There is no “right way” to learn. Everyone has different strengths and weaknesses, so no two people will learn the same way. That being said, some methods of teaching are generally more effective than others. In college, there are two primary class dynamics: lectures and discussions. Though there is some disagreement about which is preferable, the student consensus seems to be that discussions are better for fully engaging with the material.
Discussion-based classes encourage students to get to know their professors, which allows them to connect with the subject matter in a more intimate way. In a lecture hall, it is easy to get lost in the sea of faces. It is not uncommon for a student to attend a class all semester and leave after the final without ever personally interacting with the professor. This scenario never occurs in a smaller, discussion-based class. Additionally, “lectures fail to provide instructors with feedback about the extent of student learning.” Professors have no way of knowing whether their class is actively learning or simply letting the information go in one ear and out the other. Forcing students to participate in class gets them to read the material, speak up, and actively engage, which in turn allows the professor to get to know students beyond the work they hand in.
In a perfect world, every student would do the readings, ask intelligent questions, and contribute to the dialogue, all of their own volition. However, the reality is that this is not always the case. Small discussions are an effective way to ensure that students come to class prepared and ready to engage with the material.
One of the most profound failures of lecture classes is they do not effectively maintain the focus of the students. It can be incredibly difficult to sit still and listen to the same voice speak for an hour without thinking of more interesting subjects, like dinner plans or the tennis shoes the girl sitting in front of you is online-shopping for. “In lectures, students are often passive because there is no mechanism to ensure that they are intellectually engaged with the material.” Taking notes and looking at lecture slides never hurts, but this style of teaching is not the most exciting way to learn. A simple way to get the attention of a group of people is to alternate speakers. A new voice now and then adds enough variety to keep the class focused, and the prospect of having to participate, though intimidating for more reserved students, keeps everyone engaged.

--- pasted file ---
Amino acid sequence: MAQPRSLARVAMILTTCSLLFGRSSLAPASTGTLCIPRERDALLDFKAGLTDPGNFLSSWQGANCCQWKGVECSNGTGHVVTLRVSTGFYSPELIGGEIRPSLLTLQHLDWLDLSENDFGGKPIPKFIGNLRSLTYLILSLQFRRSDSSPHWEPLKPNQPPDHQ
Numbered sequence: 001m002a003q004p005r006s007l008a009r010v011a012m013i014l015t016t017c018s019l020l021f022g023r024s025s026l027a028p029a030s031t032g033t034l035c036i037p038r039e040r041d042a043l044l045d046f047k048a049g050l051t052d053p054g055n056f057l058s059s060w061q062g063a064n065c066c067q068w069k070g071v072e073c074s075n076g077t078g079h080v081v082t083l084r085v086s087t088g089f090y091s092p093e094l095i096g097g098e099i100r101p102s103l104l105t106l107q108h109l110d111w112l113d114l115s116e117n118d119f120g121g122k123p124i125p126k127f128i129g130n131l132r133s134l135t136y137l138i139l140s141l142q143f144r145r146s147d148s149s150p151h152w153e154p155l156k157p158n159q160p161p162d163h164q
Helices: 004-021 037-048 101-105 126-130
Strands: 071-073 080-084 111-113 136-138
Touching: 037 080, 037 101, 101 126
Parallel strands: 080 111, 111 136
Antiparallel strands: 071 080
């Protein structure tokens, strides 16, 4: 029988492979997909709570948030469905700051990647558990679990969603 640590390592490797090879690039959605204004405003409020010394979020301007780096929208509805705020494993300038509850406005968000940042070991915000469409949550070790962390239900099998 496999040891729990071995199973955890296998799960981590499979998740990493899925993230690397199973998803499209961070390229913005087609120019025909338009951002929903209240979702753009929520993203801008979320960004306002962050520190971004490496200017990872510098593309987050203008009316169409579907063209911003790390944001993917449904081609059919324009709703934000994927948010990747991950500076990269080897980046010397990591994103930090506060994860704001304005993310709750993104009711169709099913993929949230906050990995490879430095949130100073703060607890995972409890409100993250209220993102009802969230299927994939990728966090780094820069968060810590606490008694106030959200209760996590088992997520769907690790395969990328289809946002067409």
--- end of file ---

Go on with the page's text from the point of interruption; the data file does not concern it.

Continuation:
The overarching goal of any class is to get students to understand the subject. In a lecture-based class, it can be difficult for professors to gauge whether students comprehend the content, making it possible for students to pretend they know more than they do. This means that many students can get away with skipping readings, cutting class, and generally not paying attention. Discussions, on the other hand, promote active learning. When students know that they will be asked to participate in class they will do the readings consistently, thoroughly, and thoughtfully. They will be more likely to speak up in class, and when they do it will generate purposeful discussion amongst classmates that will extend beyond the classroom. It is these conversations—the exchange of ideas, opinions, and knowledge—that create a productive and inclusive community. Without in-class discussions, much of the meaningful dialogue that occurs on college campuses would never begin.
Of course, some students are shy, and the thought of having to voice their ideas to a group of people terrifies them. Some simply learn better by listening to others, and do not feel that it is helpful for them to contribute to the discussion. It is perfectly reasonable to feel this way; however, it is still important to learn to make one’s voice heard. Everyone has something to contribute, and learning to make those contributions is an important part of developing confidence.
I strongly believe that discussions have a more positive impact than lectures on student learning, but it is important to note that this is only the case if discussions are conducted correctly. A common misconception amongst professors is that participation will improve if it is a bigger portion of the grade. Contrary to this belief, when students feel like their GPA depends on something as subjective as participation, they tend to panic and end up forcing themselves to participate. This results in meaningless and poorly-considered commentary that does little to develop the group’s understanding of a topic. As a result, the quality of in-class discussions is undermined because it takes away from the flow of a natural dialogue.
A better way to conduct discussions is to simply have a back-and-forth exchange of questions and perspectives. Professors can call on students periodically to ensure that they are not left out of the conversation. When teachers focus their classes on productive dialogue rather than making participation revolve around grades, students can absorb the material naturally while maintaining their interest in the subject. Learning should be about developing worldviews and gaining applicable knowledge, and discussion-based classes represent the most productive way of achieving this goal.